Glorious things of you are spoken, O city of God. Selah.
Psalm 87 began with a call to what the Lord has founded – his city, it then shared how God loves the purpose and reason for founding the city, and now we see the echoes of those within the city walls. “Glorious things” are spoken of God’s city. We must think through what is actually being referred to here. It is not that the citizens are supposed to discuss the use of color or the mountainous architecture. The people of God are rejoicing about the intention of God’s city. The city declares who God is. As people made in the image of God, the city of God is unique and everywhere upon it is the imprint of God’s affectionate characteristics. The city serves as a display of how the Creator manifests his attributes upon his chosen people. What is remarkable of this City is that we are gifted citizenship prior to actually walking through the gate! With such a glorious citizenship, can you imagine the kinds of songs and discussions you’d have in the City of God?
What is a typical conversation like in God’s city? The typical kinds of conversations mentioned in this verse point to true fellowship, not just talking about the weather or the church schedule. “Glorious things” refers to, like the previous verse, who God is, how he founded the city in the first verse, and how he calls his people in the sixth verse. Allen Ross notes, these glorious things pertain to “all that has happened in the holy city that attested to the divine presence.” All that happens within the city directly corresponds to God’s sovereign purpose in laying its foundations. From the setting of the first stone, God founded the city in his loyal love and his divine providence. God decreed the city because he decreed salvation for its citizens. These are the things spoken of in God’s city.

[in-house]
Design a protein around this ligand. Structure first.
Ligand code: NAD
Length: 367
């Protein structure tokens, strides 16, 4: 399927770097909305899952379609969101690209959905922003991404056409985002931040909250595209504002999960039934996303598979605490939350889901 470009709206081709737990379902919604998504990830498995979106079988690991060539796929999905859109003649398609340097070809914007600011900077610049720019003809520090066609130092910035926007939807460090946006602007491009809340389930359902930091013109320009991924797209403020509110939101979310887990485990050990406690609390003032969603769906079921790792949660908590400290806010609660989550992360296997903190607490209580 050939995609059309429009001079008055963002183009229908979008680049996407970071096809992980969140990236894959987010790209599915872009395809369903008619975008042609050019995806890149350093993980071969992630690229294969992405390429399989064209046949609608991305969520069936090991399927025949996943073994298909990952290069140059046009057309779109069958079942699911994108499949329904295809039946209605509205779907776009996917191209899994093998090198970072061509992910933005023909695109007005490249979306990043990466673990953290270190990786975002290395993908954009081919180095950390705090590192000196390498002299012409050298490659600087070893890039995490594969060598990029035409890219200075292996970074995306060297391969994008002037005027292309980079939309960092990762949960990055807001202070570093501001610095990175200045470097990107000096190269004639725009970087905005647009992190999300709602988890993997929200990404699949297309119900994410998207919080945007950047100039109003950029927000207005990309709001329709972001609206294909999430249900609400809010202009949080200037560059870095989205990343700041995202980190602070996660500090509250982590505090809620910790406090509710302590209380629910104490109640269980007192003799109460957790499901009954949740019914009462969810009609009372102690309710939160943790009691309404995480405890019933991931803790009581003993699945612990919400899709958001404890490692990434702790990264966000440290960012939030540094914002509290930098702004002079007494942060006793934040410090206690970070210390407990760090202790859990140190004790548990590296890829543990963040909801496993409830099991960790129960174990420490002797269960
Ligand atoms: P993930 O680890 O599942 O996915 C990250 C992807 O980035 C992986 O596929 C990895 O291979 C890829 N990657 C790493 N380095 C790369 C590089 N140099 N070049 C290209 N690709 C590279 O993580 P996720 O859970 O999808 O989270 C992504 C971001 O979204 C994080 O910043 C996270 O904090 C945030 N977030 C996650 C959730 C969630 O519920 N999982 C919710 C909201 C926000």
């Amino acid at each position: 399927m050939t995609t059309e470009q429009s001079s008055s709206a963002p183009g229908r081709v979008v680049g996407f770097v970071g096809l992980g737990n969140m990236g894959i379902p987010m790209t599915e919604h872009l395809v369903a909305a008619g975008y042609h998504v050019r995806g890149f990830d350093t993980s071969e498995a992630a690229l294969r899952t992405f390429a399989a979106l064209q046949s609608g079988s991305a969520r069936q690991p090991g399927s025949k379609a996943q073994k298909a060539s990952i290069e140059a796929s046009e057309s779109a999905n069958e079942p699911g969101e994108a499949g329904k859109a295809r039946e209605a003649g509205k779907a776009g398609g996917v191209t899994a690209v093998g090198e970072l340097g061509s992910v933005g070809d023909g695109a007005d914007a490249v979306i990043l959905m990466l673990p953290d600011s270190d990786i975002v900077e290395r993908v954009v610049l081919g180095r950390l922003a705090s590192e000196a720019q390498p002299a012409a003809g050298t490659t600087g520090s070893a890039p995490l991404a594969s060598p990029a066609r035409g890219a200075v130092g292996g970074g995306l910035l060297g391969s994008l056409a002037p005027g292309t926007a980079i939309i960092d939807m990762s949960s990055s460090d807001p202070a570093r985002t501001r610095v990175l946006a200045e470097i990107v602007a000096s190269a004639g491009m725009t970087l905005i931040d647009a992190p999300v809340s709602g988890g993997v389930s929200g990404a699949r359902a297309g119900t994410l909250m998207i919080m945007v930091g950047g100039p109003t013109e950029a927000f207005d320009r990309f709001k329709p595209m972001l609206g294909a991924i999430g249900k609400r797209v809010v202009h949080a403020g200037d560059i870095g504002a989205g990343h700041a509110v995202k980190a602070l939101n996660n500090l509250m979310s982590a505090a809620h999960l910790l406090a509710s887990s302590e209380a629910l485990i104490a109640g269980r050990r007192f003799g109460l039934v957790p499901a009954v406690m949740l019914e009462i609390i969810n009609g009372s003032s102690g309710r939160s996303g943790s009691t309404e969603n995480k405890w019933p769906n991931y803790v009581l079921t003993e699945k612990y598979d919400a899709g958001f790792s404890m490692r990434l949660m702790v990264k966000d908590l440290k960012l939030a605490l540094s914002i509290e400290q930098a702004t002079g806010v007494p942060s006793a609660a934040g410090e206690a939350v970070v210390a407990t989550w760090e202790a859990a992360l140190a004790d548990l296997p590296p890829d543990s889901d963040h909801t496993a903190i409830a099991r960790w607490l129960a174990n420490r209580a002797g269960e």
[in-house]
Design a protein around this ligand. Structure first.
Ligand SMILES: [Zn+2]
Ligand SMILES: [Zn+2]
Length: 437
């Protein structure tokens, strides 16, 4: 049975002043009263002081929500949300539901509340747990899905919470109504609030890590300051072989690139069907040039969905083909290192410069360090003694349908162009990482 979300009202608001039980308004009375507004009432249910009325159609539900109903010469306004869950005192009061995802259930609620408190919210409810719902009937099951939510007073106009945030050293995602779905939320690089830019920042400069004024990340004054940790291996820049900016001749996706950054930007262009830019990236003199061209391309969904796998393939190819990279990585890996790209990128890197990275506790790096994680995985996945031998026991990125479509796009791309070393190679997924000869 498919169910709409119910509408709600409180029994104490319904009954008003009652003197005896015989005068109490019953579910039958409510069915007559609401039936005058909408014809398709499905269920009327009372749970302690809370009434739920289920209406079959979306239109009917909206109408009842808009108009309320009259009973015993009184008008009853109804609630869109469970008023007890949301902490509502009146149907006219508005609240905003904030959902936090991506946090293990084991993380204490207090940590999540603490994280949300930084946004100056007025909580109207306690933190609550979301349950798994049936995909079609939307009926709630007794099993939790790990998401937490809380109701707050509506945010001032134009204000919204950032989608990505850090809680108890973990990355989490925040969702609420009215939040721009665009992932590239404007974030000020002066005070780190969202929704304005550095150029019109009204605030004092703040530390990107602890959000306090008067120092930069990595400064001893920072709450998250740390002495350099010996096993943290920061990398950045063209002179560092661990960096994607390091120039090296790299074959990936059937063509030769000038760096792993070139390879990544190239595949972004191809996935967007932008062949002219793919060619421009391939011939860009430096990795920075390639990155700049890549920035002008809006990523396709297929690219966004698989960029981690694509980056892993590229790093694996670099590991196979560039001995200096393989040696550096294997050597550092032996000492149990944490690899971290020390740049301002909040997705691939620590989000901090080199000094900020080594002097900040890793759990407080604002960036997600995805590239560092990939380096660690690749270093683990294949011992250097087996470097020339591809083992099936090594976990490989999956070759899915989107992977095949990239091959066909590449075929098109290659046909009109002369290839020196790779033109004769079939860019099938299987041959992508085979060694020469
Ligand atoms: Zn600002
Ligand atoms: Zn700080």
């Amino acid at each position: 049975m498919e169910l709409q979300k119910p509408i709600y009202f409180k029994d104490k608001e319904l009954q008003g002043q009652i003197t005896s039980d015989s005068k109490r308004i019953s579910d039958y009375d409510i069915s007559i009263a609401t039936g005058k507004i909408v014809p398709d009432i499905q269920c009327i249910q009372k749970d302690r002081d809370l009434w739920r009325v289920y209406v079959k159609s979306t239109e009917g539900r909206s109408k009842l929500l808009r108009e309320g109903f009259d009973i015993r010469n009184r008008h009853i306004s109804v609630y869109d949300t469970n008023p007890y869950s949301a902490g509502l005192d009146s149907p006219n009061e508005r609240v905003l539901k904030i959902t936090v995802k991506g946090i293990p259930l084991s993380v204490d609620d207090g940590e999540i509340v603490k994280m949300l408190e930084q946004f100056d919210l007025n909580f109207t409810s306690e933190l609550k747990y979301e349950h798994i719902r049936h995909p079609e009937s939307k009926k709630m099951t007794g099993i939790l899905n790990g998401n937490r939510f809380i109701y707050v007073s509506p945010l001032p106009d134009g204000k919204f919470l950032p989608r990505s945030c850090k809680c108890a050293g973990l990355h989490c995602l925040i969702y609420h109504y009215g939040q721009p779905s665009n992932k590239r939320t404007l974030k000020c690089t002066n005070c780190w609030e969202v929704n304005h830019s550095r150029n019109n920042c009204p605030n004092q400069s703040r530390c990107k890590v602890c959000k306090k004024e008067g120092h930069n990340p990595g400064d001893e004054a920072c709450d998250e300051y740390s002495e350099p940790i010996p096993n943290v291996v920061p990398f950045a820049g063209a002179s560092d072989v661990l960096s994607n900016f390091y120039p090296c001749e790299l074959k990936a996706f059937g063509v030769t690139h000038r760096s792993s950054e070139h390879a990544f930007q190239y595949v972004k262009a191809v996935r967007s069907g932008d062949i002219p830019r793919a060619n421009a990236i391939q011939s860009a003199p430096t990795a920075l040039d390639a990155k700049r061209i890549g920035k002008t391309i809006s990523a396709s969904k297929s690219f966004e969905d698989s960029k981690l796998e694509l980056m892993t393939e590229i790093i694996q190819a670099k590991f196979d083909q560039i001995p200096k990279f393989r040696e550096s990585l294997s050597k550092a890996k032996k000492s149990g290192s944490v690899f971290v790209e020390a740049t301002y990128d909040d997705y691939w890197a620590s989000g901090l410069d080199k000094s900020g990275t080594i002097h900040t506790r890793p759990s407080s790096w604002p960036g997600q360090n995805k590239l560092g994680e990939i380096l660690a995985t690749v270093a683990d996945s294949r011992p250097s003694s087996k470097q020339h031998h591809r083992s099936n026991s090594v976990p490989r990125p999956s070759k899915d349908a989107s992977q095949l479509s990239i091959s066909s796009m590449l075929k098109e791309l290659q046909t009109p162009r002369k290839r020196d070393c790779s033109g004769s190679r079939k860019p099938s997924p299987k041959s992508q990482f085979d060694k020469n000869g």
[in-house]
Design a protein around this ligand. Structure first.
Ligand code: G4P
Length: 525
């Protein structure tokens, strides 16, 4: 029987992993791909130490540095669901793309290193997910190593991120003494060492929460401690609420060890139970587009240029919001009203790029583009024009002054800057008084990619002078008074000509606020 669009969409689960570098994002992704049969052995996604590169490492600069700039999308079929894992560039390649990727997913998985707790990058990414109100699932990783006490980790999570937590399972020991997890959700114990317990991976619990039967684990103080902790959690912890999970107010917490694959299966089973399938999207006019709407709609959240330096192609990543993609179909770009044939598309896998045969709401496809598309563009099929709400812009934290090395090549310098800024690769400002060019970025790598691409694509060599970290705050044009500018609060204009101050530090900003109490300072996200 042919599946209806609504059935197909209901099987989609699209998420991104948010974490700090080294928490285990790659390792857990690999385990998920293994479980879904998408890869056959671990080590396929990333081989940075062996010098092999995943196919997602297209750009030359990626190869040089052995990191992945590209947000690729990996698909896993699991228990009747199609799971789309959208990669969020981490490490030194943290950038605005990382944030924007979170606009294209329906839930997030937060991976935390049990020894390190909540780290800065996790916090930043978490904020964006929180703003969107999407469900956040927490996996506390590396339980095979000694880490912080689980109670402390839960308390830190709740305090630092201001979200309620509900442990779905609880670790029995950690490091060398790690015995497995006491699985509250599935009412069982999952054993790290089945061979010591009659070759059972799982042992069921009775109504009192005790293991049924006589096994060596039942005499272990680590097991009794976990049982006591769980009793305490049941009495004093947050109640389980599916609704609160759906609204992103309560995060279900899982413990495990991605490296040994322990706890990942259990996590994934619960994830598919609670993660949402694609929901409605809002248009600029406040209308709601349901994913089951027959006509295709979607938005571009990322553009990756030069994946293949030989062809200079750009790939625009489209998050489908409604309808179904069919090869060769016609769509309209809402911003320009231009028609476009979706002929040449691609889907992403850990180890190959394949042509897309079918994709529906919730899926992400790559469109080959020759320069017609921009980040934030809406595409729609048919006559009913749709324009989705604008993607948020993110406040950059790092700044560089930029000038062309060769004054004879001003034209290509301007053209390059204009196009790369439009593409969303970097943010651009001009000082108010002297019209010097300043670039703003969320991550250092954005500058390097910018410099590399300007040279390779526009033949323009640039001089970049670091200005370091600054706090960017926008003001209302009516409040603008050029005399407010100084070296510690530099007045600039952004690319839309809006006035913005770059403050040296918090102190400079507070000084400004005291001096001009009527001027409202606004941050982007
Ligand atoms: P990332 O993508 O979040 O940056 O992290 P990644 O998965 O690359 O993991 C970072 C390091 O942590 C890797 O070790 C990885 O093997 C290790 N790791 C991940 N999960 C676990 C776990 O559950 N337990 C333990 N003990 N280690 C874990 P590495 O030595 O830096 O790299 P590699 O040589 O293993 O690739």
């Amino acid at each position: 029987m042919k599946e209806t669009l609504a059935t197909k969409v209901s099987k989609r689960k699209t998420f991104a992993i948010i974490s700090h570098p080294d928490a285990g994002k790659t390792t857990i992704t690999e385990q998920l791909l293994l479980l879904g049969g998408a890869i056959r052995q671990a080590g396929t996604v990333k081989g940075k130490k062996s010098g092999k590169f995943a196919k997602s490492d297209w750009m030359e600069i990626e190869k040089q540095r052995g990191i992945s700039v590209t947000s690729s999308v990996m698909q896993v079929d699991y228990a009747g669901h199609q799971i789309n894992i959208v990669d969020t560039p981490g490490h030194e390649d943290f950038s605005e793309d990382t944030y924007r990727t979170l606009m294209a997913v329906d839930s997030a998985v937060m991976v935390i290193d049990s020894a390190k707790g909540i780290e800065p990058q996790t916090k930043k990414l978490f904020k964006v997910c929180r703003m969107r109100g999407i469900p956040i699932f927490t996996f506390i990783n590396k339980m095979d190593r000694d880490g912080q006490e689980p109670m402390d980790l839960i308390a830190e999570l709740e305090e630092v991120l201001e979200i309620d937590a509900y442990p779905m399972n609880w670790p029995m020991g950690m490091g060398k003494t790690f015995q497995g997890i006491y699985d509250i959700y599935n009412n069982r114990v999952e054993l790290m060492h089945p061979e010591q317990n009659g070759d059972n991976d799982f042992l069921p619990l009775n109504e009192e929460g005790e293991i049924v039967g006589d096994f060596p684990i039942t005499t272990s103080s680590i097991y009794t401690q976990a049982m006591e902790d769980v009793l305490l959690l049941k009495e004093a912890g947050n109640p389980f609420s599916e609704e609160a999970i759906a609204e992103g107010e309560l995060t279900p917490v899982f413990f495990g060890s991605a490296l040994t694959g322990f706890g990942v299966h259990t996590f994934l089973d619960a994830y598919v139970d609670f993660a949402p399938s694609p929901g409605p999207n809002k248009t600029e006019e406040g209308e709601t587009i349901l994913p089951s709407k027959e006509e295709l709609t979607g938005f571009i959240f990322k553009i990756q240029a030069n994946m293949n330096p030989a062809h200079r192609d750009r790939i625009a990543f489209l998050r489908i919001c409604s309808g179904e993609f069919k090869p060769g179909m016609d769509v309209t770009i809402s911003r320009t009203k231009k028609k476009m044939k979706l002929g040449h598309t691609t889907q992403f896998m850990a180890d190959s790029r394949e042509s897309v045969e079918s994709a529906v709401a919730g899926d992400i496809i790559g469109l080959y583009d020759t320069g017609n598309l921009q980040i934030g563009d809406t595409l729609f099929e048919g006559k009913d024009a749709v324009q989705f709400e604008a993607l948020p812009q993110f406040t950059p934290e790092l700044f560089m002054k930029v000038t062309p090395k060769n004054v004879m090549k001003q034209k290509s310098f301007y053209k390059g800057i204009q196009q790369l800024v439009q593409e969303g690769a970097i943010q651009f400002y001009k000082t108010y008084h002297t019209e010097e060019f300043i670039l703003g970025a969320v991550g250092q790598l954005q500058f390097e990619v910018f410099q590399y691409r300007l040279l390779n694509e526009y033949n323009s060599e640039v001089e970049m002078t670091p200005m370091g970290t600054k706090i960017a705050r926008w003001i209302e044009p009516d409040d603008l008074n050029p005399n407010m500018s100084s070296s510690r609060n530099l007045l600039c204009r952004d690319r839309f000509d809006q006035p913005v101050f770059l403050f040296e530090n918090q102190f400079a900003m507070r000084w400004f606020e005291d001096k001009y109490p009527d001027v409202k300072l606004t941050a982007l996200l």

In the City of God, every conversation is the Gospel.
The very act of speaking in these conversations requires fellowship. Fellowship, or koinonia, is not merely a word for association, but a biblical word for participation. A willing ear shines with the hospitality of the Spirit’s action in the Christian. When a fellow believer listens they are thereby joining in the joy of the speaker. When a Christian chooses to speak they are actively asking to be involved in an intimate act with the listener, an act of worship and communion with the God of their city. Speaking the things of God provokes tender affections from the regenerate heart of God’s people. Words of the Gospel openly acknowledge the presence and power of God’s grace in fellow believers. Do you want others to have blessed-feet (Isaiah 52:7)? Do you want to explore the depths of God’s favor with others?
This verse, like the one before it, points us again to the public worship of our Triune God. We are called to be a people who come together to adore and acknowledge the wonderfulness of God’s decrees. We are once again reminded we are to be gate-people, those who don’t just think of how God’s plan and God’s love come to us, but how others can be drawn and oriented to the Founder of such a city. The beauty of God’s city is a staple in the language of each citizen.
The City of God, described by Augustine, is one that we inhabit now, but will eventually inhabit fully when God destroys evil and makes Eden anew (Revelation 21:1-3). For now, we have dual citizenship, where the present pagan city is mingled with our understanding of our eternal home. We are hopeful and striving in faith toward our future dwelling with God. Augustine describes the reality of the City of God where we’ll sing our final and eternal praises, describing the fullness, certainty, security, and everlasting felicity: